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University of Hawai‘i students, faculty and staff who oppose TMT ask UH President David Lassner to resign

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University of Hawai’i at Mānoa students, faculty and staff gathered at the steps of Bachman Hall today demanding that UH President David Lassner resign following the arrests of Native Hawaiian activists on Maunakea.

“It’s an incredibly sad and an embarrassing day for the university to force a telescope on a community that clearly doesn’t want it, and to do so in a way that means that very well respected kupuna have to get arrested in order to protect what we believe to be considered sacred–it’s just shameful,” Konia Freitas, director of Kamakakūokalani Center for Hawaiian Studies, said. 

Since July 15, hundreds of activists have gathered at the base of Maunakea to protest the construction of TMT. 

At 11 a.m., approximately 200 people voiced their concerns about the arrests of Kanaka Maoli, including kupuna, the Thirty Meter Telescope and why President Lassner should resign.

Jon Osorio shares feelings about TMT and Maunakea

Jonathan Osorio, dean of Hawaiʻinuiākea School of Hawaiian Knowledge, explains what he experienced on Maunakea.

Jonathan Osorio, dean of Hawaiʻinuiākea School of Hawaiian Knowledge, spoke at the event, two days after he was at Maunakea.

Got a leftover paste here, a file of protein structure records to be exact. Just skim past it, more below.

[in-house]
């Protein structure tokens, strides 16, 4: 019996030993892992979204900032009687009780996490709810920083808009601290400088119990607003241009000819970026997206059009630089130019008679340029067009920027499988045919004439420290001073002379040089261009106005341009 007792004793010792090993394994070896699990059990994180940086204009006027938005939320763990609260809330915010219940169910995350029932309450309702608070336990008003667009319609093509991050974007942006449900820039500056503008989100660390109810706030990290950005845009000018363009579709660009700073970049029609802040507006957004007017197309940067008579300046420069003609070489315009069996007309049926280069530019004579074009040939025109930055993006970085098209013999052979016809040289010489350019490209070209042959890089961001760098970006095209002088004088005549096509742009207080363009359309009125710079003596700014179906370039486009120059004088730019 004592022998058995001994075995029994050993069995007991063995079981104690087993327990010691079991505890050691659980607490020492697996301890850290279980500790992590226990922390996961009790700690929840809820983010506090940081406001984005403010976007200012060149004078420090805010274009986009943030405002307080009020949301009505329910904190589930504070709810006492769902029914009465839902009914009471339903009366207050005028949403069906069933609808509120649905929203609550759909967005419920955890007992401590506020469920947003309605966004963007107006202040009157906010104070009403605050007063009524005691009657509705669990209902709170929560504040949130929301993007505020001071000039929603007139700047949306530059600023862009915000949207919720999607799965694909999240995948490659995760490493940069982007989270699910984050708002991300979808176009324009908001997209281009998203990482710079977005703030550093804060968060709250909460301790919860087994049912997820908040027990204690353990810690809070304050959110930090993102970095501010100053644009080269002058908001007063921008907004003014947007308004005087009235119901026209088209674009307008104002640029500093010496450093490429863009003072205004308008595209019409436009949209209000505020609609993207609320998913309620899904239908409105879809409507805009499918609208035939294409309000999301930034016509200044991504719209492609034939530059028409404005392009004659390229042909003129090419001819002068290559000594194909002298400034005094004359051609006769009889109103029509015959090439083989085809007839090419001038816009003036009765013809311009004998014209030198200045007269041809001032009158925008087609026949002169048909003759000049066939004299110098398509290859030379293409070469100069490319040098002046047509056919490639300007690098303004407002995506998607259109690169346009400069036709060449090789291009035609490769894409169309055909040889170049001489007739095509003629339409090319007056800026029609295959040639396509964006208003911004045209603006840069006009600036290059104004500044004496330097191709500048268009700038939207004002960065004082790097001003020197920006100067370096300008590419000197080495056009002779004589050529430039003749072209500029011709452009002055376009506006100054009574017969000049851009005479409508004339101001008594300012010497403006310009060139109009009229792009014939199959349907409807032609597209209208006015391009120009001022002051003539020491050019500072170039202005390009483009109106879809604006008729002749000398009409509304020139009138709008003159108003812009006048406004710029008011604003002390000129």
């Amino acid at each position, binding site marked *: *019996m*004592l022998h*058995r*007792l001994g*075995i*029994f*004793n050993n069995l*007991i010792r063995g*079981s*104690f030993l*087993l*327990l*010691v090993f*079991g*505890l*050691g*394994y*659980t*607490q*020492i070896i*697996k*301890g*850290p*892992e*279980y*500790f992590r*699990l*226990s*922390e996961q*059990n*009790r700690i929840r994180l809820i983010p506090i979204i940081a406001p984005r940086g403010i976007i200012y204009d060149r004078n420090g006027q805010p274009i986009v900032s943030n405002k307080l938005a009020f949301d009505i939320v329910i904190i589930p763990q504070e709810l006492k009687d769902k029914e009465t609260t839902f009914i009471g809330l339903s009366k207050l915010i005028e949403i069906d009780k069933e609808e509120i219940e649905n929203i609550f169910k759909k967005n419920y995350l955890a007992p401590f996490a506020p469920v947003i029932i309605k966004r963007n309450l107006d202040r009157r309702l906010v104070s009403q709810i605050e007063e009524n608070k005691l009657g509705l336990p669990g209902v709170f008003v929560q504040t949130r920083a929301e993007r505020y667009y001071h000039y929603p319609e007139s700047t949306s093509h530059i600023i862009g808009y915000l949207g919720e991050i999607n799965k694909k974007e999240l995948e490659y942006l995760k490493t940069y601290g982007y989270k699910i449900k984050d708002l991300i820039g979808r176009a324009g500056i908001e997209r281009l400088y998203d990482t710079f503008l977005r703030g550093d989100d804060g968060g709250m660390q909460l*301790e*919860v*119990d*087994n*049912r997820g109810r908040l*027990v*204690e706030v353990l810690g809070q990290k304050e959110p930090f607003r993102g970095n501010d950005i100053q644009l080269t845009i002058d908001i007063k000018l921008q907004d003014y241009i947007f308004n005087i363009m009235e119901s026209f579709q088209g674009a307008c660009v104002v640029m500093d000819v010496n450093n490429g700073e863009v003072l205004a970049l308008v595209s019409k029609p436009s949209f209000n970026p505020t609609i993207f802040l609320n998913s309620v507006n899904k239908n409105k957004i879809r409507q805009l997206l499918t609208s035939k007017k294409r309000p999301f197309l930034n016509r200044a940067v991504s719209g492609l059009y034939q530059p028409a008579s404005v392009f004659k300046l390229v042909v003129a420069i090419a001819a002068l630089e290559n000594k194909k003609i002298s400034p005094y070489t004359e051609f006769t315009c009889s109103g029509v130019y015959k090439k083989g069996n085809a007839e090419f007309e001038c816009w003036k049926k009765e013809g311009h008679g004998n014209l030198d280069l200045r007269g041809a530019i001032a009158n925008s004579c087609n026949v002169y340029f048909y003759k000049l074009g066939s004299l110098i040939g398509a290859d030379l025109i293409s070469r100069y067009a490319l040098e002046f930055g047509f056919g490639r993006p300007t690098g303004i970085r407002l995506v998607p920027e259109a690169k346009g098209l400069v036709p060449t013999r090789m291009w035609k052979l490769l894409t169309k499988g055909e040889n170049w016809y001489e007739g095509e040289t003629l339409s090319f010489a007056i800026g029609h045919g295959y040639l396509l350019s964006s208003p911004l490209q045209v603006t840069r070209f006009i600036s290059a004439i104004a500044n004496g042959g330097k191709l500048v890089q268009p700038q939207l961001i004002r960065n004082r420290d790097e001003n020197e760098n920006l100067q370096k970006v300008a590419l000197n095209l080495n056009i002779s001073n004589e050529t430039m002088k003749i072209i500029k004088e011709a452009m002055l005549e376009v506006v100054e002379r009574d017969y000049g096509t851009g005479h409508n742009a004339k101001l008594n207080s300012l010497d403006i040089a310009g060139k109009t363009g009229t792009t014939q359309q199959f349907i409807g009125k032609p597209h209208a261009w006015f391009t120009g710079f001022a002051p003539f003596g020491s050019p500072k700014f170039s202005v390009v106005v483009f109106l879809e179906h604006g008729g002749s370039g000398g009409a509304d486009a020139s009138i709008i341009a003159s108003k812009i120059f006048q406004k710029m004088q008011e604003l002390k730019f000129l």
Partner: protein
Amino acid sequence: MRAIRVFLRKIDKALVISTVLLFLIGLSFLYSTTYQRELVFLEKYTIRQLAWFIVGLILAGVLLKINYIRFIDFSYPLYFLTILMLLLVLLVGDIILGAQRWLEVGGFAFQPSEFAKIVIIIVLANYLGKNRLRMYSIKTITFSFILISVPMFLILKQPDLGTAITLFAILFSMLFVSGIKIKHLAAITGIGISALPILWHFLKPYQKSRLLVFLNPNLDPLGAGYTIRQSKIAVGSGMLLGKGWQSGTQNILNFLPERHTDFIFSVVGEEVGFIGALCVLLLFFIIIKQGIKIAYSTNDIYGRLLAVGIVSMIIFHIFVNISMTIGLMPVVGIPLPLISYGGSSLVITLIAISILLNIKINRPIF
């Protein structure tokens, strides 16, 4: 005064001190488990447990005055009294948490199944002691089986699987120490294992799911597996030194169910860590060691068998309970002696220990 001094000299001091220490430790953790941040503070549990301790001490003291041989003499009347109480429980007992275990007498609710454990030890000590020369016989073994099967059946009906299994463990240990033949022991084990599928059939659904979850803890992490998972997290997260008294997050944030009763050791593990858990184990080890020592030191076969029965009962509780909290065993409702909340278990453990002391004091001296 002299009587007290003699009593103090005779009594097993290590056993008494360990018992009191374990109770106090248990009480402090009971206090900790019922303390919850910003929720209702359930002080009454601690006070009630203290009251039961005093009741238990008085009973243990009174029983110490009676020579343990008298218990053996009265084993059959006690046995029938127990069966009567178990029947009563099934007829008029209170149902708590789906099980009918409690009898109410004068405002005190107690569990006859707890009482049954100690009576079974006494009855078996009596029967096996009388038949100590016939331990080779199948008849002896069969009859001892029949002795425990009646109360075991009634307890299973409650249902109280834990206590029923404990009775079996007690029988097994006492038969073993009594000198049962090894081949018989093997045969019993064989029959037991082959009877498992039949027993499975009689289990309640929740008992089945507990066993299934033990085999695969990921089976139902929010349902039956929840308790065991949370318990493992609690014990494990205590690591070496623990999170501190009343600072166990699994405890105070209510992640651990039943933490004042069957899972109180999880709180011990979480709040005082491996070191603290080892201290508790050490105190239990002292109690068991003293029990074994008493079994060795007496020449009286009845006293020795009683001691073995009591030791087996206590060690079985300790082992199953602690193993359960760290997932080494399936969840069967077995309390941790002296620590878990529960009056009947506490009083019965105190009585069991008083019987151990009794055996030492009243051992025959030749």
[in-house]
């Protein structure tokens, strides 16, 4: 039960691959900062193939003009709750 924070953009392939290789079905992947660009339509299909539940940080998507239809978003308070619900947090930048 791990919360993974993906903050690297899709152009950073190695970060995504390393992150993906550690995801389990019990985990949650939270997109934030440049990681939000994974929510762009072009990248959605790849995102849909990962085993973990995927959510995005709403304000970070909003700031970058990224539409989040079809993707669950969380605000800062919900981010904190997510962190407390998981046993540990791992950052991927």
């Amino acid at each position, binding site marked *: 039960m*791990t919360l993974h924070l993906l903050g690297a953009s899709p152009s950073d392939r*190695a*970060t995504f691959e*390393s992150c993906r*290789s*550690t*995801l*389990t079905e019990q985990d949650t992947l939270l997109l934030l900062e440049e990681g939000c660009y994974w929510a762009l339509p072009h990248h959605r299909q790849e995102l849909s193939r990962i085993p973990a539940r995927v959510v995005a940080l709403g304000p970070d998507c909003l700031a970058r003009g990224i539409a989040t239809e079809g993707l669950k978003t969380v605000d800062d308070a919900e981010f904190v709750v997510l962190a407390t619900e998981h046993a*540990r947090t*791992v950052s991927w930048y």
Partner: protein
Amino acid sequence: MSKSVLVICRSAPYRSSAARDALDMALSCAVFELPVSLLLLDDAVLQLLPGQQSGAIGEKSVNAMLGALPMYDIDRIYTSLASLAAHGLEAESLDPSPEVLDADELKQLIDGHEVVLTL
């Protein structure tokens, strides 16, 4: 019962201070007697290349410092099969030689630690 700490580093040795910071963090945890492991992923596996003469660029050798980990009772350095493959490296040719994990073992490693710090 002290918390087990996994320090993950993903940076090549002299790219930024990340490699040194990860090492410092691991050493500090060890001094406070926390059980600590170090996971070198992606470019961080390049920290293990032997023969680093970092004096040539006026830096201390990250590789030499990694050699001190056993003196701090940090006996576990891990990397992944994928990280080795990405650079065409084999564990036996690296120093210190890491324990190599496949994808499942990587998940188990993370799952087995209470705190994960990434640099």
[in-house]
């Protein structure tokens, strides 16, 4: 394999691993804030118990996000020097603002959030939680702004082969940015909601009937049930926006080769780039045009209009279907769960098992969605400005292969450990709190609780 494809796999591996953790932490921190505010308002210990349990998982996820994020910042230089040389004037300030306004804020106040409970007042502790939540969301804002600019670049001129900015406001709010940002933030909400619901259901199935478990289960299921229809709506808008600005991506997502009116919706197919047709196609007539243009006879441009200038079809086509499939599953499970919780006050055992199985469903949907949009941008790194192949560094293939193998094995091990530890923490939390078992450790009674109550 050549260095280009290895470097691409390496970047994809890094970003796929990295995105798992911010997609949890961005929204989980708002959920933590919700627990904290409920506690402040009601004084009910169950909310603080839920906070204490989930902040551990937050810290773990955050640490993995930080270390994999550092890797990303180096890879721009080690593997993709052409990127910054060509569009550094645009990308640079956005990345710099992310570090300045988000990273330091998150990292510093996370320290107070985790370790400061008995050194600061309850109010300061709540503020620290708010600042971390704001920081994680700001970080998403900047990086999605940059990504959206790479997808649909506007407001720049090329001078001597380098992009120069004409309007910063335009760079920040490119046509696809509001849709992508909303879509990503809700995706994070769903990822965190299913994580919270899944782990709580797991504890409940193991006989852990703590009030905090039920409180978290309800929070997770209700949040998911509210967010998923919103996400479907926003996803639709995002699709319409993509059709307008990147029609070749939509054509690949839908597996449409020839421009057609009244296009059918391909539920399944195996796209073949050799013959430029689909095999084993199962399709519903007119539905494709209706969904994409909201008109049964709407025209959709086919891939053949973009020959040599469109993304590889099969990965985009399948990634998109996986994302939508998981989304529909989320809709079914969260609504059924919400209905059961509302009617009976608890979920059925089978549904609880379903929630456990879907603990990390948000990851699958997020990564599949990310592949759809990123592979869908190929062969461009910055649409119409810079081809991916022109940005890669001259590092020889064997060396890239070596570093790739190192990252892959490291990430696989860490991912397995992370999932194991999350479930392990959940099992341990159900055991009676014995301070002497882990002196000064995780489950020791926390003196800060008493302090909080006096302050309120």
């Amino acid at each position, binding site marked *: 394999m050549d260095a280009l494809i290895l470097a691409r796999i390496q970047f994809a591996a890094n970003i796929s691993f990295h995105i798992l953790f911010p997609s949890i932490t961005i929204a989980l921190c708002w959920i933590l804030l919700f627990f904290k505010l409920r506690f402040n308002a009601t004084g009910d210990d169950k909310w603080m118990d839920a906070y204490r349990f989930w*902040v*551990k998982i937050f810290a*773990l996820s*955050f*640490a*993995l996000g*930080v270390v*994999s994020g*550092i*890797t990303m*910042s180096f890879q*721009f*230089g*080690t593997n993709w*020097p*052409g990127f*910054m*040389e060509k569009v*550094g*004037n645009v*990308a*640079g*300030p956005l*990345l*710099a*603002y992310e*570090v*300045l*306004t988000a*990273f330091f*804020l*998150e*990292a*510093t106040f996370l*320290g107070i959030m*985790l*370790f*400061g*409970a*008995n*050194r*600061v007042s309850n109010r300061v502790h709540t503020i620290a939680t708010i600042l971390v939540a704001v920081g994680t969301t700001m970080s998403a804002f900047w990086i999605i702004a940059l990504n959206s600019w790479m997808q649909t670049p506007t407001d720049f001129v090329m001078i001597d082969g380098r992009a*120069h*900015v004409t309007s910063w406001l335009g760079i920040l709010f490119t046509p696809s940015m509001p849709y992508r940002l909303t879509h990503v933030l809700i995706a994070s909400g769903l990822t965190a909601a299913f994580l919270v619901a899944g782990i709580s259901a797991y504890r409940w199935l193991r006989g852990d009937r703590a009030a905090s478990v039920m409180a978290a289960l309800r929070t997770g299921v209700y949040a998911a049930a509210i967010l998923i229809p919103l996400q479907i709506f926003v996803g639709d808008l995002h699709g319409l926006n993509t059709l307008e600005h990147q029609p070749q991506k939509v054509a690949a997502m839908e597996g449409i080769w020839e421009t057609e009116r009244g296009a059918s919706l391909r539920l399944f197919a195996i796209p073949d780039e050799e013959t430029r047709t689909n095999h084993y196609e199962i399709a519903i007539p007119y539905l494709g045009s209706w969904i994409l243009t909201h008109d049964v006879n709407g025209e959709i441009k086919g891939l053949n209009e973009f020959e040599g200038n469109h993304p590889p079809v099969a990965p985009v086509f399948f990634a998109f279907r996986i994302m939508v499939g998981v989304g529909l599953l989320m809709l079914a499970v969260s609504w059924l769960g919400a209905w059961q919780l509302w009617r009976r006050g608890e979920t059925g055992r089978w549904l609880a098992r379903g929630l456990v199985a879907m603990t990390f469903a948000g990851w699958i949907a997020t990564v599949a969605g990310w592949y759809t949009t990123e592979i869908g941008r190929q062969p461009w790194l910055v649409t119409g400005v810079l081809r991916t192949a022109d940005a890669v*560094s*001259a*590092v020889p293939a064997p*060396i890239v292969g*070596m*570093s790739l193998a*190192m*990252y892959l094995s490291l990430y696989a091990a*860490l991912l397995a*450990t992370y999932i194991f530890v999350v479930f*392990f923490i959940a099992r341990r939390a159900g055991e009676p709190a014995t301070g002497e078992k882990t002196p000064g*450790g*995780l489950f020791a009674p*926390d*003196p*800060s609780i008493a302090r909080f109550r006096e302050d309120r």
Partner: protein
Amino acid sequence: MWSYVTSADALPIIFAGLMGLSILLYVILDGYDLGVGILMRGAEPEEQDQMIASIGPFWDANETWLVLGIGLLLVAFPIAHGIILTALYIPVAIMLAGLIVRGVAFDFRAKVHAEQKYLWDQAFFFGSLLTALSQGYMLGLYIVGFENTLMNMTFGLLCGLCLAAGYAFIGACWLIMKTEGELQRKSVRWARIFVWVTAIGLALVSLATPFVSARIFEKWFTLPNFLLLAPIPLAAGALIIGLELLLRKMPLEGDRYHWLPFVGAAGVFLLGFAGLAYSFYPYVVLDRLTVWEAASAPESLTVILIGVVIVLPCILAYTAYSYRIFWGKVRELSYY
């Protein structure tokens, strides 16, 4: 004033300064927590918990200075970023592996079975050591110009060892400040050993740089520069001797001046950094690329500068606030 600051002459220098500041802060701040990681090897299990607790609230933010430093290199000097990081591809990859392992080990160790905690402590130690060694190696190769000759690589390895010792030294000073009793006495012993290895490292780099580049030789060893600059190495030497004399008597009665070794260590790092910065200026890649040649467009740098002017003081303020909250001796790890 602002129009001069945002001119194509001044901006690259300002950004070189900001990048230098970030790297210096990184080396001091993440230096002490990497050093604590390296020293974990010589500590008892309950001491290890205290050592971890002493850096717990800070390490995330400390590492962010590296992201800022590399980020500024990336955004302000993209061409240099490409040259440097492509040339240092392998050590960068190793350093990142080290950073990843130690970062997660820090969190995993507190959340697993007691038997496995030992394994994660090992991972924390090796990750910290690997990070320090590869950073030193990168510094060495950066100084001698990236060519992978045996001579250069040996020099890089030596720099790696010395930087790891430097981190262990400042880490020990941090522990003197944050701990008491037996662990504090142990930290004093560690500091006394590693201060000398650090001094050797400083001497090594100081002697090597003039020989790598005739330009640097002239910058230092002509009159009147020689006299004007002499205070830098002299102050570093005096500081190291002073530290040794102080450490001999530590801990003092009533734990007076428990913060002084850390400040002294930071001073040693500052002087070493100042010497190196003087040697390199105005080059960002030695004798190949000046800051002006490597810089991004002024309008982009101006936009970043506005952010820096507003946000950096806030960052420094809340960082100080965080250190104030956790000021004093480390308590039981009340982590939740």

“I have aloha for President Lassner, I do. I work with him, I have never really had the opportunity to work with administrators, but he seems to be a decent man caught in a difficult position. But I will say this–that’s not our problem,” Osorio said.

With a trail of a tear down his face, Osorio said he was there when he saw that people he knew, including his daughter Jamaica Osorio, intentionally chained themselves to a cattle guard on July 15 for eight hours. 

“When they chained themselves it was bitter cold, by the time they were done it was hot,” Osorio said. “They couldn't leave where they were. They were under arrest from the moment they were chained, and I saw what happened in the aftermath when the police decided eventually not to make arrests.”

Osorio added that state officials put a gate at the entrance to Maunakea. 

When Lassner made his statement the crowd was silent, but the animosity and confusion were present.

“It’s hard for everyone,” Lassner said. “I do hear you. I am not deaf and I am not heartless. I am proud of the fact that students staff and faculty are standing up for what they believe in.”